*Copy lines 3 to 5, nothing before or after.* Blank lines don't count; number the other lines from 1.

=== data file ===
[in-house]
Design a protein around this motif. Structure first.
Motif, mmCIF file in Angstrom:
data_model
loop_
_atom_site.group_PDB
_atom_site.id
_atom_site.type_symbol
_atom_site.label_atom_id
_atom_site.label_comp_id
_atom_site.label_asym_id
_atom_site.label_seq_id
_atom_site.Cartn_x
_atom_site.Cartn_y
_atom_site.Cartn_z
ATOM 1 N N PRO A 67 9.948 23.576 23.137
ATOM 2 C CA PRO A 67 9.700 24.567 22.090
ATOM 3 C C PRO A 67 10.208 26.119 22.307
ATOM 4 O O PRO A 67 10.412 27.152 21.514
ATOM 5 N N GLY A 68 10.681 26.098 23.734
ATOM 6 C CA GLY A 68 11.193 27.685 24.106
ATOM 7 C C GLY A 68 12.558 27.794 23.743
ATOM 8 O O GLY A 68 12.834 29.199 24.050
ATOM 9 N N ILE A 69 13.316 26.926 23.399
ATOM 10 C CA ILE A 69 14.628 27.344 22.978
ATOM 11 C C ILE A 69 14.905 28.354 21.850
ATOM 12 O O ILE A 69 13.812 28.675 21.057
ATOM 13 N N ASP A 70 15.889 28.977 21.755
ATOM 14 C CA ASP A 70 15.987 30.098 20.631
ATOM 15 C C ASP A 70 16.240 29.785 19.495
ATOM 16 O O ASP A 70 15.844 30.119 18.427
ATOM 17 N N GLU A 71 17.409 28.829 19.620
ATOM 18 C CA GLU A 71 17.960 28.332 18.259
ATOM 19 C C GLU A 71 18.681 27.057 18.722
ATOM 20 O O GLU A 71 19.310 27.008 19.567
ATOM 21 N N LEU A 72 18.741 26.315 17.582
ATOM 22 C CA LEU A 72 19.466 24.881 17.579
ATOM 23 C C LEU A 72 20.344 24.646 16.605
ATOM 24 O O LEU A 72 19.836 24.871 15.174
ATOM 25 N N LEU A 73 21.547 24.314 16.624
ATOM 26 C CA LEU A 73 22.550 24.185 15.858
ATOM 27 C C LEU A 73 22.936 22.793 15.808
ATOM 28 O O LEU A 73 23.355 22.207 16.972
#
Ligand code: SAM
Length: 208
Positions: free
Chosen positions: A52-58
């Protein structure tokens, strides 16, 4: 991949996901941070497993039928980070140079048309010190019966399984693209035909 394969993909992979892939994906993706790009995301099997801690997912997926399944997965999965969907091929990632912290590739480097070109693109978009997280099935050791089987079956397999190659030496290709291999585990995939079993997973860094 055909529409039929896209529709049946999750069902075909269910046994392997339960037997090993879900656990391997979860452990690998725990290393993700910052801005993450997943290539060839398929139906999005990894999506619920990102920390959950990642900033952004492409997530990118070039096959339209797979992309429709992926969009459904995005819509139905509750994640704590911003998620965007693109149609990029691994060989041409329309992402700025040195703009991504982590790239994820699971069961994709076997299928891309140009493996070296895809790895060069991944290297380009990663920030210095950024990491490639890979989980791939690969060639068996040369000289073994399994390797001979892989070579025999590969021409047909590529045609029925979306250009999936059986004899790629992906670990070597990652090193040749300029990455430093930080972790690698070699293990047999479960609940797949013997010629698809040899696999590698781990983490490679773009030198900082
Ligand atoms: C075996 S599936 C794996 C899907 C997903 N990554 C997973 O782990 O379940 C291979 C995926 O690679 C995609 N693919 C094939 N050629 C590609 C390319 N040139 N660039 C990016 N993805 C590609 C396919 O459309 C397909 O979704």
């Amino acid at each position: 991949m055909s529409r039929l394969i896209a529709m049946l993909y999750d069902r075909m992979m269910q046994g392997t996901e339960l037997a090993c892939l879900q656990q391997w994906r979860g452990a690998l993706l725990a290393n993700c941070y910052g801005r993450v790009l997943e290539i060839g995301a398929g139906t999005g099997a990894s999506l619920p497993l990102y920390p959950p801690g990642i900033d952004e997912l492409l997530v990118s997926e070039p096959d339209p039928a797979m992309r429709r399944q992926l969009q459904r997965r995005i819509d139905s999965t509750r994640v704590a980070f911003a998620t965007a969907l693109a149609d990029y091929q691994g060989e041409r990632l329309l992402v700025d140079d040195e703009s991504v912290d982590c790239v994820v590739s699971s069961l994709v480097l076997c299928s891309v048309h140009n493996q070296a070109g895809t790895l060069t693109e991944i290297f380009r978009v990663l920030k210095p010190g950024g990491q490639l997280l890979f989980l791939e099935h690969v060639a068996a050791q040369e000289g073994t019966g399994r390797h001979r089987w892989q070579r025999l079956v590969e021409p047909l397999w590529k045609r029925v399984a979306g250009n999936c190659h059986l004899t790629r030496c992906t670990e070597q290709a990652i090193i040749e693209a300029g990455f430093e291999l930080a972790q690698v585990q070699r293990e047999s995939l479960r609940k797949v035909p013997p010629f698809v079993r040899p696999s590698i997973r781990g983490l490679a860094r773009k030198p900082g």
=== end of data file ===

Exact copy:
Motif, mmCIF file in Angstrom:
data_model
loop_